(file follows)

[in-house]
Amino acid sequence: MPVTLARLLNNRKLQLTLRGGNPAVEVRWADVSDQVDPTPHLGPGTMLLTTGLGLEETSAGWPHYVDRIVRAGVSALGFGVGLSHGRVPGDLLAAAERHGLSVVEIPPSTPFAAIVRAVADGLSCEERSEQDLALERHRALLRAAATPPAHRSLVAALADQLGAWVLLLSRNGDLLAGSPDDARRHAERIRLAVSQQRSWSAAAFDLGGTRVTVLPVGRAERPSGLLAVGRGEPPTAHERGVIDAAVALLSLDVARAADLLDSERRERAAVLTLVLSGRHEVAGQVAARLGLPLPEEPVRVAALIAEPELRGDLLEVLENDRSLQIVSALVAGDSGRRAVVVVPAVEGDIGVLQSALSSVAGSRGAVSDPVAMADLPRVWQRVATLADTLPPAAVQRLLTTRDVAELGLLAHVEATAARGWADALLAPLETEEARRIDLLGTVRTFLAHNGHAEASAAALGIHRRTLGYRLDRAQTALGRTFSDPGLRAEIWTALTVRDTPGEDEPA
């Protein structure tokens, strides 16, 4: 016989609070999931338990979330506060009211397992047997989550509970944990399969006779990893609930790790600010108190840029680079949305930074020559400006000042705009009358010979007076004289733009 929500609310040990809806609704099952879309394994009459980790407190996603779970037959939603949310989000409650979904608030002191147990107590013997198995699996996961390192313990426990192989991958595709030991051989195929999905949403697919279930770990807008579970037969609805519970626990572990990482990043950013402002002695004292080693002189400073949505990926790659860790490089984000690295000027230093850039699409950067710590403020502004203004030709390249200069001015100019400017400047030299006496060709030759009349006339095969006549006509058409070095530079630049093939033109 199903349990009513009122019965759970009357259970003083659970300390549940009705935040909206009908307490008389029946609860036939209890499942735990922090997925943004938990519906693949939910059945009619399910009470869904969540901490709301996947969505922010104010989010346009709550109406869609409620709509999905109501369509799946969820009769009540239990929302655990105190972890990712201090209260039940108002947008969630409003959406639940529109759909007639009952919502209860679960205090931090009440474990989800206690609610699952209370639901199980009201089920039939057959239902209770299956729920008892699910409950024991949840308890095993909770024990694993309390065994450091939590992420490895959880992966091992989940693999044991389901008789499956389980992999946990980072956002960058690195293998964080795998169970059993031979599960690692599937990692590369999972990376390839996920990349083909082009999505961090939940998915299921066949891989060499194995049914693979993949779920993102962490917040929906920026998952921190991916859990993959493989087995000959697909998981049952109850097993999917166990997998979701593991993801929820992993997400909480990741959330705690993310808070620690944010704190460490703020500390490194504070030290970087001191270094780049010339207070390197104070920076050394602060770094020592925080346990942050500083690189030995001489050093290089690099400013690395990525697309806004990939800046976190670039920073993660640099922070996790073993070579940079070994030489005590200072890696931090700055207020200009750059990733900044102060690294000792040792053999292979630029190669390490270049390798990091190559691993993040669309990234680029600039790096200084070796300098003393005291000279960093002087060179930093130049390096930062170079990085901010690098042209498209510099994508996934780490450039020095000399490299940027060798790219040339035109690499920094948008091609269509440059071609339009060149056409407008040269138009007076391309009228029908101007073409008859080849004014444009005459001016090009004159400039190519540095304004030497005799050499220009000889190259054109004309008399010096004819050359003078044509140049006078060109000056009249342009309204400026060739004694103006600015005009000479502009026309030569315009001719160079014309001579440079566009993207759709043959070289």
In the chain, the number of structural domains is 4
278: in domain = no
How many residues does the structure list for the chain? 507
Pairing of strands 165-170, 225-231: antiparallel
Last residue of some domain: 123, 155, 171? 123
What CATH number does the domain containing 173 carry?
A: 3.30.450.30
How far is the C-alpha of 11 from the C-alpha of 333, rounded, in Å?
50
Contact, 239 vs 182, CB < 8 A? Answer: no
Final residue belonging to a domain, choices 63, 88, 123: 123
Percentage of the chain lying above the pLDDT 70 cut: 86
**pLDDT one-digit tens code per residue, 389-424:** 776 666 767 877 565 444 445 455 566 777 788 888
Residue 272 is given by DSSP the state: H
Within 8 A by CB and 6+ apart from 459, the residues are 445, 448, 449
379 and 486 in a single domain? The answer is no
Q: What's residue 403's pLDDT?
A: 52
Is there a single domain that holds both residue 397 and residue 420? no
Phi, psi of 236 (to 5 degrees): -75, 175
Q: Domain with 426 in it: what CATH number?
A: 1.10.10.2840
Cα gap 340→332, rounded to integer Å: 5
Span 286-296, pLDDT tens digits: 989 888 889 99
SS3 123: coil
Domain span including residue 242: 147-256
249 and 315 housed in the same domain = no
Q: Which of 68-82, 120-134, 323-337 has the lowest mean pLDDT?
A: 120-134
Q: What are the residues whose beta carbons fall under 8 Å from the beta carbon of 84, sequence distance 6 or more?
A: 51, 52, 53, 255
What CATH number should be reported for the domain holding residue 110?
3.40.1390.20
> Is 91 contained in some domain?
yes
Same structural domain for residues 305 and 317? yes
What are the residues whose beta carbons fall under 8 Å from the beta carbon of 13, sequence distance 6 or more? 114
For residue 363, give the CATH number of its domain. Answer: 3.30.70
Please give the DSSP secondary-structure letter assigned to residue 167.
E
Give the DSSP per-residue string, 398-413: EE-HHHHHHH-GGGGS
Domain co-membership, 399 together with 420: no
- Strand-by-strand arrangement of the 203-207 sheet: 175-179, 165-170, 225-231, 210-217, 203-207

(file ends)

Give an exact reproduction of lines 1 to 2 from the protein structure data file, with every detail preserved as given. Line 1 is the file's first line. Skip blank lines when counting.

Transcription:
[in-house]
Amino acid sequence: MPVTLARLLNNRKLQLTLRGGNPAVEVRWADVSDQVDPTPHLGPGTMLLTTGLGLEETSAGWPHYVDRIVRAGVSALGFGVGLSHGRVPGDLLAAAERHGLSVVEIPPSTPFAAIVRAVADGLSCEERSEQDLALERHRALLRAAATPPAHRSLVAALADQLGAWVLLLSRNGDLLAGSPDDARRHAERIRLAVSQQRSWSAAAFDLGGTRVTVLPVGRAERPSGLLAVGRGEPPTAHERGVIDAAVALLSLDVARAADLLDSERRERAAVLTLVLSGRHEVAGQVAARLGLPLPEEPVRVAALIAEPELRGDLLEVLENDRSLQIVSALVAGDSGRRAVVVVPAVEGDIGVLQSALSSVAGSRGAVSDPVAMADLPRVWQRVATLADTLPPAAVQRLLTTRDVAELGLLAHVEATAARGWADALLAPLETEEARRIDLLGTVRTFLAHNGHAEASAAALGIHRRTLGYRLDRAQTALGRTFSDPGLRAEIWTALTVRDTPGEDEPA